I’ve written here before about loving the idea of regional specialties, and recipes that you just can’t find all over the country. I’m starting to see that some of these, you have to look a little to find. For example, there’s Knoxville, a terrific city that I have visited better than a dozen times. Like its I-40 neighbor, Asheville, it’s a city where we don’t know anybody yet, and so visiting isn’t quite as fun as we would like it to be, but until we befriend some locals one day, there’s still a lot to do. Especially if you’re a Vols fan. We’re not, of course, but I think that SEC cities are always exciting and fun. Well, I say that, but it’s not like I’ve visited even half of them. But anyway, Knoxville has a couple of good record shops, two absolutely amazing bookstores, Marie’s favorite pizzeria and something we knew nothing about until about a week ago: steamed sandwiches.
There’s very little information online about Knoxville’s hot, steamed sandwiches, and what there is seems both dismissive and contradictory. The first Google result that I pull up (http://www.cs.utk.edu/~plank/plank/recs/rest/sandwich.html , evidently a URL registered shortly after the introduction of the printing press) is one man’s chronicle of how weird and awful these sandwiches are, with some spirited rebuttals from locals who love them. Over at a site called city-data.com, a user going by the handle “SpectreBlofeld” describes the steamed sandwich as “mighty” and did not realize until he moved to Texas that the soggy sandwiches he was used to were very much a local thing, and that Texans found the notion of a soggy sandwich completely baffling. Last April, however, a New York Times food writer suggested that these were not so unique, and that steamed hamburgers have been common in Connecticut for years.
For most of us, ordering a hot sandwich will see the bread, meat and cheese placed either in an oven or in a press, but in Knoxville, they use a proper steamer. You can expect an aluminum contraption with a reservoir of heated water underneath a cooking chamber. The result should be melted cheese mixed with the meat and very soft bread. Apparently there are arguments about how moist or soggy the bread should be. “SpectreBlofeld” calls for it to be soggy, but an article at StateMaster.com (which looks a lot like it once appeared at Wikipedia but was eventually deleted on account of nobody really being all that interested) states that this is not acceptable, “and likely the result of a defective steamer.”
At Nixon’s Deli, one of the homes of the steamed sandwich, I would call the result pretty darned soggy, but also very acceptable.
Nixon’s Deli has five locations in the city, and, along with Slappy’s, is evidently one of the best places to get a steamed hoagie. On the weekends, Nixon’s offers two footlong subs for $10.99, so Marie and I each ordered one. One of the comments that I read had suggested that lettuce and tomato don’t go very well on a steamed sub, so I passed on those, but Marie considers sandwiches incomplete without them. Mine was a turkey and smoked cheddar and Marie had salami and cheddar. Hers turned out to be considerably more photogenic than mine.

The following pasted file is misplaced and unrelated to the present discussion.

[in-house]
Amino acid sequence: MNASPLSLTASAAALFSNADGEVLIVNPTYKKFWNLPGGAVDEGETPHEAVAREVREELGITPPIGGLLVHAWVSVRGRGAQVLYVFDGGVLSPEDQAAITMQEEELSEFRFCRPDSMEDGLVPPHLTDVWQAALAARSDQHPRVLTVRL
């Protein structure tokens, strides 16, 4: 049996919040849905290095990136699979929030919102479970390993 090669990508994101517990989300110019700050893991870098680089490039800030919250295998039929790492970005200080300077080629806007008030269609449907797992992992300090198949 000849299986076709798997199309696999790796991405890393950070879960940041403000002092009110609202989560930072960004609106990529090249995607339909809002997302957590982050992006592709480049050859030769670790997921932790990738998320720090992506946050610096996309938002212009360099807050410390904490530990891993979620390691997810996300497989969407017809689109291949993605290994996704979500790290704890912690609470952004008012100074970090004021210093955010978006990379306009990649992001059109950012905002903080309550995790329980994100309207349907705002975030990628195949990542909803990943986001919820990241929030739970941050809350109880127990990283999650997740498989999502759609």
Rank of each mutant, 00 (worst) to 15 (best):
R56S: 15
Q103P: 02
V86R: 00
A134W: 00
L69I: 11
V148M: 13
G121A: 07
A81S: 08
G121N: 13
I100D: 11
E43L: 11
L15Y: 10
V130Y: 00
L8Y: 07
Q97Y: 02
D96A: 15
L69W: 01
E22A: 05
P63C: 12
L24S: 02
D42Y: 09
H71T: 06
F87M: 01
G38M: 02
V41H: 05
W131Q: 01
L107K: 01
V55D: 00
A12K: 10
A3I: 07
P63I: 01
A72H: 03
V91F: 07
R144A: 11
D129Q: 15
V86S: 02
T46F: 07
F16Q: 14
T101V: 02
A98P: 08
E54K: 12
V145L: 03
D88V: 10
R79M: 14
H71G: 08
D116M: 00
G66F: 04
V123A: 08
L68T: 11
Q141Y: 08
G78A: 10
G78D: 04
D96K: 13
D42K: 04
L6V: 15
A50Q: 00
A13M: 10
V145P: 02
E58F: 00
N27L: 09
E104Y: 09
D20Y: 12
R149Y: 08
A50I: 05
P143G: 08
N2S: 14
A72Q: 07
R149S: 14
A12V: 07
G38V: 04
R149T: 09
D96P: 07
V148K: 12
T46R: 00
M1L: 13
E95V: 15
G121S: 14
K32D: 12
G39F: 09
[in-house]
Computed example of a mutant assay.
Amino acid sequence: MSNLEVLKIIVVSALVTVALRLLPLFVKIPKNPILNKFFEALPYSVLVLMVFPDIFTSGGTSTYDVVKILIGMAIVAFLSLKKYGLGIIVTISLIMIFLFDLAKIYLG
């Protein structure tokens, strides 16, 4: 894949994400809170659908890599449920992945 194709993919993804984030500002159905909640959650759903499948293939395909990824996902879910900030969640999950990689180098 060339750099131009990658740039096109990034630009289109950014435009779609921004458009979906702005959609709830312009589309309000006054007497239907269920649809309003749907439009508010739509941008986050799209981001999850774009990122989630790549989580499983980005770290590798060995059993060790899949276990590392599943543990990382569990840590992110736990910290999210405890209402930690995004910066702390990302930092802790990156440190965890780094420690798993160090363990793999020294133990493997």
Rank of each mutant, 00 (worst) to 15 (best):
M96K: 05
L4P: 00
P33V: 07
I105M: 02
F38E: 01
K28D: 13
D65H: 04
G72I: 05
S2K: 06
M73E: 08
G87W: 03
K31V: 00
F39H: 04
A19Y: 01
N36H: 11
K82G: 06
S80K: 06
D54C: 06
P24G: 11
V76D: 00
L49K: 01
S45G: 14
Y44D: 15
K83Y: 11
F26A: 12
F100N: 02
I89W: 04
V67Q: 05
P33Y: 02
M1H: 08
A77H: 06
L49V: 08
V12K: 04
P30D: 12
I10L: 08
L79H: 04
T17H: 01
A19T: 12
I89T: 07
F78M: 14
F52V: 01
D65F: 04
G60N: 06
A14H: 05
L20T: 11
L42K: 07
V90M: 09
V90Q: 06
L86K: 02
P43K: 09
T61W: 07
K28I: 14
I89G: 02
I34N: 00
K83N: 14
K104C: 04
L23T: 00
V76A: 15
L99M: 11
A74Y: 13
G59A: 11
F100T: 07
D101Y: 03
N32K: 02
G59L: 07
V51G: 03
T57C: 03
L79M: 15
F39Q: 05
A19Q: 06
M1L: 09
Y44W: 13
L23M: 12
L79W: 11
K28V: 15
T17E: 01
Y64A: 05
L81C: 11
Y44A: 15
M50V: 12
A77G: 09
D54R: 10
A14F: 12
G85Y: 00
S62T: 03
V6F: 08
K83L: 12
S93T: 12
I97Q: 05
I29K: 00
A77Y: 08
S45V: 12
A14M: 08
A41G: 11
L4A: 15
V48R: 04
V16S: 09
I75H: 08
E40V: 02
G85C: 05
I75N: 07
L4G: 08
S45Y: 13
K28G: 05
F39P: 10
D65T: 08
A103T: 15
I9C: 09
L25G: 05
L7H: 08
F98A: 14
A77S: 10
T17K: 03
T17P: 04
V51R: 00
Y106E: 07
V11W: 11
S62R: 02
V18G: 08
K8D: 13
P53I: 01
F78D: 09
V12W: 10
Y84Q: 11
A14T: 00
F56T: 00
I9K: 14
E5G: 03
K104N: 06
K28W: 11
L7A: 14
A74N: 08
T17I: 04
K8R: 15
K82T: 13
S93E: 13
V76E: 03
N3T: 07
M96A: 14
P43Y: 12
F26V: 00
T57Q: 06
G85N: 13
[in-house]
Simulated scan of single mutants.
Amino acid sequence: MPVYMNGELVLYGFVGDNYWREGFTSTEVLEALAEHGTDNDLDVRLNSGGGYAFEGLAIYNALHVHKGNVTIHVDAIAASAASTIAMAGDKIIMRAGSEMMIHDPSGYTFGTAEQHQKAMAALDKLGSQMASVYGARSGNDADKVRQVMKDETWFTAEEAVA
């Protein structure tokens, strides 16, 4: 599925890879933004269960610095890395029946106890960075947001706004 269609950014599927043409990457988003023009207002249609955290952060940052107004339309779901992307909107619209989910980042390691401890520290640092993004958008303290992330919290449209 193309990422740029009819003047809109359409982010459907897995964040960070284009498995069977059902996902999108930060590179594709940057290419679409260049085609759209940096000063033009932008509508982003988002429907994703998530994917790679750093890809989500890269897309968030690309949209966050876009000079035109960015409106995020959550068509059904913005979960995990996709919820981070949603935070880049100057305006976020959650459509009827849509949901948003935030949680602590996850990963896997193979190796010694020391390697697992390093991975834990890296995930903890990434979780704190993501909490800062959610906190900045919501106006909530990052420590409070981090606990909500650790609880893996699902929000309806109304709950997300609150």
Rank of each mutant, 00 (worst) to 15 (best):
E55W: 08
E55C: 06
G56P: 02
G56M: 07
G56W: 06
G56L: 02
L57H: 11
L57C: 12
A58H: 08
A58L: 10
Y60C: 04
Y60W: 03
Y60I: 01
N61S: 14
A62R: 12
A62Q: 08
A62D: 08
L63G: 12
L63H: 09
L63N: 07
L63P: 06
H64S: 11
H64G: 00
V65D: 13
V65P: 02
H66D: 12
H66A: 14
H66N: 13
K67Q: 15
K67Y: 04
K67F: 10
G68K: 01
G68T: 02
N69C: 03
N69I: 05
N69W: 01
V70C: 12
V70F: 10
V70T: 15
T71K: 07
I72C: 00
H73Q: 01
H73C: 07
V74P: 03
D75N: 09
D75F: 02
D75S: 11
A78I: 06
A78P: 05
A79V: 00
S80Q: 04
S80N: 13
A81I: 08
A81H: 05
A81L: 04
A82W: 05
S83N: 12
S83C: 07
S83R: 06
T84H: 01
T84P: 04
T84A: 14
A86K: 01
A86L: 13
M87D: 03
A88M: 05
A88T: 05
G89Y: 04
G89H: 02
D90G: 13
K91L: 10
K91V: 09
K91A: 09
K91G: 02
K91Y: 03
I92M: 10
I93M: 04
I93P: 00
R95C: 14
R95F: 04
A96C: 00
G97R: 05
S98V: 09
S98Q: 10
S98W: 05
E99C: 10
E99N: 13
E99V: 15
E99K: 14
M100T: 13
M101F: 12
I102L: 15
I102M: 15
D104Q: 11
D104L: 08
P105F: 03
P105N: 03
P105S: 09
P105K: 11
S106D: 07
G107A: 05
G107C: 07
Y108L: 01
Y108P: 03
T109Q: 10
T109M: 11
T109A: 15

The steaming takes quite a while to get right. The restaurant was not very busy, but we did have a pretty long wait while the two staffers prepped our food. We did not mind, as we were dropping our son off with his mother for another stay with her, and our daughter wanted to have a little time to see her, too. Also, my kids have a three year-old half-brother who wanted to show off and entertain everybody. Everybody in a three-mile radius. That kid’s got some lungs.
We were quite pleased with the results. The bread was very moist and agreeably soft, though I can see the argument that this process might have only started years before to mask the taste of dry, shipped-in sub rolls. Marie said that her salami was very good, and I really liked the combination of the melted cheese and soft bread. This is definitely a meal that I can get behind revisiting.
A dissenting opinion was offered by my daughter, however. She had a small Italian sandwich on pumpernickel bread and found it incredibly disagreeable. Evidently, I didn’t do my part in explaining what I meant by steaming. This despite the fact that whenever Marie steams tortillas at home, somebody has to help my daughter take hers from the rack, otherwise she yelps and whines that the steam is too hot. At any rate, she complained that the bread was wet and that she didn’t like wet bread and did not finish her lunch. It worked out for the best; I was considering stopping for a snack, giving me the chance to visit a longtime favorite before we would leave town a couple of hours later, but I knew that after my huge turkey sub that I wouldn’t be very hungry, but she would. This way, we would both win.